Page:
Most wet scrubbers combine misters with additional water filters to remove particles from gas and then weigh down contaminated droplets. Polluted droplets wash out of a lower pipe while the purified gas continues to expand and travels through a high pipe in the scrubbing chamber. By the time steam exits a smokestack, dangerous particles have been removed from the air.

Sometimes, just using water in a wet scrubber is enough. The electrical charge of the fluid attracts contaminating particles and removes them from the gas. However, many industrial plants combine water with other liquid solvents like limestone and activated alumina. The best liquid solution depends on which pollutants need to be removed from the gas. 

Issues With Pollution Scrubbers

According to the EPA, wet scrubbers are able to remove 95% of particulate matter from industrial gases. This reduces acid rain, protecting the environment and human health. However, once pollutants are removed from gas, they must be stored or recycled into a new form. Some companies process the sludge from scrubbers and turn it into synthetic drywall. 

However, most of the toxic waste from industrial scrubbers is stored in special sealed containers that are placed in landfills. If pollutants are stored improperly, they can leach into groundwater and pollute the ecosystem from below. Removing pollutants from gas doesn’t eliminate them entirely from the environment. 

Unfortunately, not every industrialized plant uses scrubbers. In 2018, the EPA reported that 30% of U.S. coal plants didn’t incorporate scrubbers into their industrial processes. Adding scrubbers to an industrial plant is expensive, so many facilities in the developing world don’t use scrubbers either. Poor waste management can render scrubbers useless in countries that do use them.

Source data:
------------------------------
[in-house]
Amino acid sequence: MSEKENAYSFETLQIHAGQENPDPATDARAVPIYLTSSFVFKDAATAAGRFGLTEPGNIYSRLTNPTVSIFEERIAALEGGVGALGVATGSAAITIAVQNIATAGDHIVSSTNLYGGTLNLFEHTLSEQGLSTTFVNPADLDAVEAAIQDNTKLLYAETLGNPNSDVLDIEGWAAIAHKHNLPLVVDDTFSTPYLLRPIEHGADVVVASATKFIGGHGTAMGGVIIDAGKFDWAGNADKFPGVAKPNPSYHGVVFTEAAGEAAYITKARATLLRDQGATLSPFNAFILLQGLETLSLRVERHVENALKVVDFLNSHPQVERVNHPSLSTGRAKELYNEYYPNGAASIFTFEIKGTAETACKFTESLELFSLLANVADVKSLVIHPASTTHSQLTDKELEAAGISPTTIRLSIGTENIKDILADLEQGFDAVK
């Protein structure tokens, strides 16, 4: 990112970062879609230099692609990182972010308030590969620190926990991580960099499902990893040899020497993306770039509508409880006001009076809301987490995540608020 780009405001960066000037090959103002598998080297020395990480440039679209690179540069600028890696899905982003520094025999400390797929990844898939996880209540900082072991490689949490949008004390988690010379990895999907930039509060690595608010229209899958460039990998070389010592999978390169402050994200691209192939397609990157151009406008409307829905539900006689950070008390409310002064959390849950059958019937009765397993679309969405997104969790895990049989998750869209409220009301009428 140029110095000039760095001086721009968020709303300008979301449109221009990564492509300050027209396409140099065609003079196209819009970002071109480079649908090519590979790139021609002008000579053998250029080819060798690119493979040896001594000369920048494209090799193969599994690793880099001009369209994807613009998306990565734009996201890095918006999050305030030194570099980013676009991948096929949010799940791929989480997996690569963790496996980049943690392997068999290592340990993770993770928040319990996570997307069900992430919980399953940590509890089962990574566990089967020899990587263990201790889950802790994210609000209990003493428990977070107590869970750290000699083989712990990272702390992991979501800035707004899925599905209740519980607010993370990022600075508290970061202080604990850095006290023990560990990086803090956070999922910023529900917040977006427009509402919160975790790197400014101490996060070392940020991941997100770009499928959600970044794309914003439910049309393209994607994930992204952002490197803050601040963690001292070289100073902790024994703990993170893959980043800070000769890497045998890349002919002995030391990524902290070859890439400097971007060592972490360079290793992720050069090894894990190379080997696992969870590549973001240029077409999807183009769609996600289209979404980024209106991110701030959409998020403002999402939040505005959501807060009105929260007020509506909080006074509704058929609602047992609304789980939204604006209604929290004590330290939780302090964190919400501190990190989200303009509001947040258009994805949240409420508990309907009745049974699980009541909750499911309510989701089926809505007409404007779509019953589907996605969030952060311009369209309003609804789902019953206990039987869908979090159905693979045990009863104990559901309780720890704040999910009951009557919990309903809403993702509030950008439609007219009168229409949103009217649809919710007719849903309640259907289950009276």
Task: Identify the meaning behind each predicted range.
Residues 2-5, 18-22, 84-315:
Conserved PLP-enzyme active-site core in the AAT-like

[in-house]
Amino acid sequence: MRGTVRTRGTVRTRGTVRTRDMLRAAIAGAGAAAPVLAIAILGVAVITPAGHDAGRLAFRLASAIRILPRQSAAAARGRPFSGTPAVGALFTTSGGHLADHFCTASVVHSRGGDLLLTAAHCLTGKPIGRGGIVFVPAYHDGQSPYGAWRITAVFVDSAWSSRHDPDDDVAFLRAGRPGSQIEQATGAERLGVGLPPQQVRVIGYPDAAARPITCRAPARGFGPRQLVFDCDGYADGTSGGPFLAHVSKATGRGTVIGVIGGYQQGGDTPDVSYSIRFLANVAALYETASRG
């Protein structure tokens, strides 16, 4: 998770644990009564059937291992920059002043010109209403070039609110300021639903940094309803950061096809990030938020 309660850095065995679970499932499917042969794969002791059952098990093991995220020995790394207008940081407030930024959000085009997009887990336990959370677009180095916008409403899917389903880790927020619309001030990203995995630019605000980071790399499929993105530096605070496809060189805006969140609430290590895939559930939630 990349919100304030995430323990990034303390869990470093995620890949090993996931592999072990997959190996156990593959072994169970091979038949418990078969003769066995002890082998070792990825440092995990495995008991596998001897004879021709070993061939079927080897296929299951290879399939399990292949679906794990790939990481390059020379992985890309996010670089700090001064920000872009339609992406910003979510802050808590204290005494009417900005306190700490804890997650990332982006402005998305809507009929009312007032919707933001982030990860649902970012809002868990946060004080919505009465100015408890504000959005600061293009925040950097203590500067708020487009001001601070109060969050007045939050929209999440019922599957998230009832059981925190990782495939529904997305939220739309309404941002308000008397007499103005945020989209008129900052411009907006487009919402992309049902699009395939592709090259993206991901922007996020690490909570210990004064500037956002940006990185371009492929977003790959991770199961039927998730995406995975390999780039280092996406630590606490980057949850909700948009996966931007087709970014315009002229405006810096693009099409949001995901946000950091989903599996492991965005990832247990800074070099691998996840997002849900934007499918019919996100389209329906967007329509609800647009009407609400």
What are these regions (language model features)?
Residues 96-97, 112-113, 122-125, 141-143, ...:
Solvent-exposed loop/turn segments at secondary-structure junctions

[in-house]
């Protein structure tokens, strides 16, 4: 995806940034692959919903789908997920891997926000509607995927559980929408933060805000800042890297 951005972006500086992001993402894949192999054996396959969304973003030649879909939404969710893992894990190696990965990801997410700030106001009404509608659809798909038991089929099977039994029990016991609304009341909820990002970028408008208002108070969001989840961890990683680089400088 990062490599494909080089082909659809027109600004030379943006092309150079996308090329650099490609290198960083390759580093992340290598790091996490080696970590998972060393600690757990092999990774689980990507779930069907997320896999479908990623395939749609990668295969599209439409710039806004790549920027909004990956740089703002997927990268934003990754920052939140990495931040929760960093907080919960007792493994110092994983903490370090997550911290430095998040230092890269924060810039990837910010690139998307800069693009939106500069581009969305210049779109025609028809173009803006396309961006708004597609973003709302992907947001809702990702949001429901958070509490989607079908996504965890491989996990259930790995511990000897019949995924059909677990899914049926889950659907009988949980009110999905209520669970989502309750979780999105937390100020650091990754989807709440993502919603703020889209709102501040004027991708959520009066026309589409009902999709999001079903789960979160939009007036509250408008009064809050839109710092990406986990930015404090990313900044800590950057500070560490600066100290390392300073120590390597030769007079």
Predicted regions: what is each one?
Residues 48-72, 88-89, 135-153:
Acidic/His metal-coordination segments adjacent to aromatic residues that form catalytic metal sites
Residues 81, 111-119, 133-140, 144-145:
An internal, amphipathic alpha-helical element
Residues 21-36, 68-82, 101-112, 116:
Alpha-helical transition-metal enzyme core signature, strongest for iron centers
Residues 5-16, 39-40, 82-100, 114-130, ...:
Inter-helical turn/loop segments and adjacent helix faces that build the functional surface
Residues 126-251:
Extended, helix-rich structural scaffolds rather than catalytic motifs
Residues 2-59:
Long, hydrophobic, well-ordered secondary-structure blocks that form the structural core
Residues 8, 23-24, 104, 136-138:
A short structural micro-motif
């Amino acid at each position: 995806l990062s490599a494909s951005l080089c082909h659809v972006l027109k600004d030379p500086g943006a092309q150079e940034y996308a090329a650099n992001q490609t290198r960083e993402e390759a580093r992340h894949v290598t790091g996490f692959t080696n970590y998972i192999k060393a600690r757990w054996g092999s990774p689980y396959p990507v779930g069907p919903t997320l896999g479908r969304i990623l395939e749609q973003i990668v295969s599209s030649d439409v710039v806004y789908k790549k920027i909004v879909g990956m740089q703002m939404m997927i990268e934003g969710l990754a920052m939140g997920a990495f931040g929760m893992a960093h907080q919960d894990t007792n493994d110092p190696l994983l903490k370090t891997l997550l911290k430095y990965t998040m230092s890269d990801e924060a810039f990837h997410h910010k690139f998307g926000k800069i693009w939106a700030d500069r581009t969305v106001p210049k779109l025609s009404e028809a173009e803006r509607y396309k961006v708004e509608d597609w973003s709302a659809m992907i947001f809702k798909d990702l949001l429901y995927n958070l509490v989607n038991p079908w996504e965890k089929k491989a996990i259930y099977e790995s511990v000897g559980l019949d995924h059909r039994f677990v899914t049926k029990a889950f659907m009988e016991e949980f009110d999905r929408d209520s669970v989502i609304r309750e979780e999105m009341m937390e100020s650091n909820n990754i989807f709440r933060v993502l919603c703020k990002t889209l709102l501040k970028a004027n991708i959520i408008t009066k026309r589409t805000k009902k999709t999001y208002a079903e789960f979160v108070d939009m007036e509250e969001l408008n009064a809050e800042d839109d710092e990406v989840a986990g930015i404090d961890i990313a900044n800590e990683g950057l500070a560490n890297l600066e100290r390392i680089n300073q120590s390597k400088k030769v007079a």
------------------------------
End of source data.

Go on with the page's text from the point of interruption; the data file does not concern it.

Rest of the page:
Although many ships use scrubbers, some of them dump polluted wastewater directly into the ocean. Although the shipping industry claims to be following international guidelines, many environmentalists are alarmed about the impact of this polluted water on animal life and the global ecosystem. It seems that in some cases, scrubbers aren’t helping the environment at all.

How Does a Scrubber Work?

Scrubbers use wet and dry filters to remove environmental toxins from industrial emissions, protecting the environment and human life. Without scrubbers, the air quality in industrialized areas would be much worse. By keeping contaminants out of the air, scrubbers reduce acid rain and benefit entire ecosystems.

However, scrubbers aren’t a perfect solution for toxic waste. Although they keep pollutants out of the air, they generate toxic sludge that must be recycled or stored underground. In some cases, this sludge is dumped directly into the ocean. New innovation is needed to ensure industrial activity doesn’t pollute the air or the water. 

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About the author

Jane Marsh

Starting from an early age, Jane Marsh loved all animals and became a budding environmentalist. Now, Jane works as the Editor-in-Chief of where she covers topics related to climate policy, renewable energy, the food industry, and more.